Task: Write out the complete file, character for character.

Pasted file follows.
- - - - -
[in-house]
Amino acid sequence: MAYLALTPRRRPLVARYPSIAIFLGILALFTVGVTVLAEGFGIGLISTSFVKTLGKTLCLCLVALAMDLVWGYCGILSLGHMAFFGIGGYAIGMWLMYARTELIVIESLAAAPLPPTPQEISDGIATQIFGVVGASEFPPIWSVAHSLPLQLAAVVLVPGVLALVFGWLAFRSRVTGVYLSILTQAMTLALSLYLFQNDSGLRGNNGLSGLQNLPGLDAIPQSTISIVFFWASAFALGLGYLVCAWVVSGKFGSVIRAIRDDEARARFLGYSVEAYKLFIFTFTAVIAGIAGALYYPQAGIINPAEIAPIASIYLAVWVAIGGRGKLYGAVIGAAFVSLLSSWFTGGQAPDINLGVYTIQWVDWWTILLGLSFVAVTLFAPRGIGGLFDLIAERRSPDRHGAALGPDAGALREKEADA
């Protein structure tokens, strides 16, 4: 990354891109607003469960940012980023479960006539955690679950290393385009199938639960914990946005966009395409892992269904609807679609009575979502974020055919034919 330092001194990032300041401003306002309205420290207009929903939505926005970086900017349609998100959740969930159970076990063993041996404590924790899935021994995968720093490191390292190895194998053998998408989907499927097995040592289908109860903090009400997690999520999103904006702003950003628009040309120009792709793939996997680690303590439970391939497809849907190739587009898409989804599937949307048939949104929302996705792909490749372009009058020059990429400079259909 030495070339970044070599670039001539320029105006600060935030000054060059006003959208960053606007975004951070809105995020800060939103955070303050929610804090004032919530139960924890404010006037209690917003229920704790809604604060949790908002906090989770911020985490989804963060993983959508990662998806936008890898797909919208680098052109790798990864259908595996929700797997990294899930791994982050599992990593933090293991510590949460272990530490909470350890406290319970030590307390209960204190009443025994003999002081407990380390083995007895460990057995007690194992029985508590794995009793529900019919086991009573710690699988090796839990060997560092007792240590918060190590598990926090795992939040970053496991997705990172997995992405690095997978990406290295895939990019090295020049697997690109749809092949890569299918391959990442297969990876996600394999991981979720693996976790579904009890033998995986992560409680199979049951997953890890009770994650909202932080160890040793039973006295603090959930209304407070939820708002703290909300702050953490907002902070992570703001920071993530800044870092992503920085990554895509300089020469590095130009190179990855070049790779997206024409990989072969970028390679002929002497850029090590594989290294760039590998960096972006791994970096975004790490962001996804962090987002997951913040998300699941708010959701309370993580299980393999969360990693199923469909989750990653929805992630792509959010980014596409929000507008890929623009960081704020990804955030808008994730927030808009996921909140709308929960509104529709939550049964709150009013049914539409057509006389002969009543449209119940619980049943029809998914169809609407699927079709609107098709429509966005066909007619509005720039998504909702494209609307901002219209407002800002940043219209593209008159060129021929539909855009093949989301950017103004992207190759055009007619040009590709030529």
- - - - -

[in-house]
Amino acid sequence: MAYLALTPRRRPLVARYPSIAIFLGILALFTVGVTVLAEGFGIGLISTSFVKTLGKTLCLCLVALAMDLVWGYCGILSLGHMAFFGIGGYAIGMWLMYARTELIVIESLAAAPLPPTPQEISDGIATQIFGVVGASEFPPIWSVAHSLPLQLAAVVLVPGVLALVFGWLAFRSRVTGVYLSILTQAMTLALSLYLFQNDSGLRGNNGLSGLQNLPGLDAIPQSTISIVFFWASAFALGLGYLVCAWVVSGKFGSVIRAIRDDEARARFLGYSVEAYKLFIFTFTAVIAGIAGALYYPQAGIINPAEIAPIASIYLAVWVAIGGRGKLYGAVIGAAFVSLLSSWFTGGQAPDINLGVYTIQWVDWWTILLGLSFVAVTLFAPRGIGGLFDLIAERRSPDRHGAALGPDAGALREKEADA
């Protein structure tokens, strides 16, 4: 990354891109607003469960940012980023479960006539955690679950290393385009199938639960914990946005966009395409892992269904609807679609009575979502974020055919034919 330092001194990032300041401003306002309205420290207009929903939505926005970086900017349609998100959740969930159970076990063993041996404590924790899935021994995968720093490191390292190895194998053998998408989907499927097995040592289908109860903090009400997690999520999103904006702003950003628009040309120009792709793939996997680690303590439970391939497809849907190739587009898409989804599937949307048939949104929302996705792909490749372009009058020059990429400079259909 030495070339970044070599670039001539320029105006600060935030000054060059006003959208960053606007975004951070809105995020800060939103955070303050929610804090004032919530139960924890404010006037209690917003229920704790809604604060949790908002906090989770911020985490989804963060993983959508990662998806936008890898797909919208680098052109790798990864259908595996929700797997990294899930791994982050599992990593933090293991510590949460272990530490909470350890406290319970030590307390209960204190009443025994003999002081407990380390083995007895460990057995007690194992029985508590794995009793529900019919086991009573710690699988090796839990060997560092007792240590918060190590598990926090795992939040970053496991997705990172997995992405690095997978990406290295895939990019090295020049697997690109749809092949890569299918391959990442297969990876996600394999991981979720693996976790579904009890033998995986992560409680199979049951997953890890009770994650909202932080160890040793039973006295603090959930209304407070939820708002703290909300702050953490907002902070992570703001920071993530800044870092992503920085990554895509300089020469590095130009190179990855070049790779997206024409990989072969970028390679002929002497850029090590594989290294760039590998960096972006791994970096975004790490962001996804962090987002997951913040998300699941708010959701309370993580299980393999969360990693199923469909989750990653929805992630792509959010980014596409929000507008890929623009960081704020990804955030808008994730927030808009996921909140709308929960509104529709939550049964709150009013049914539409057509006389002969009543449209119940619980049943029809998914169809609407699927079709609107098709429509966005066909007619509005720039998504909702494209609307901002219209407002800002940043219209593209008159060129021929539909855009093949989301950017103004992207190759055009007619040009590709030529």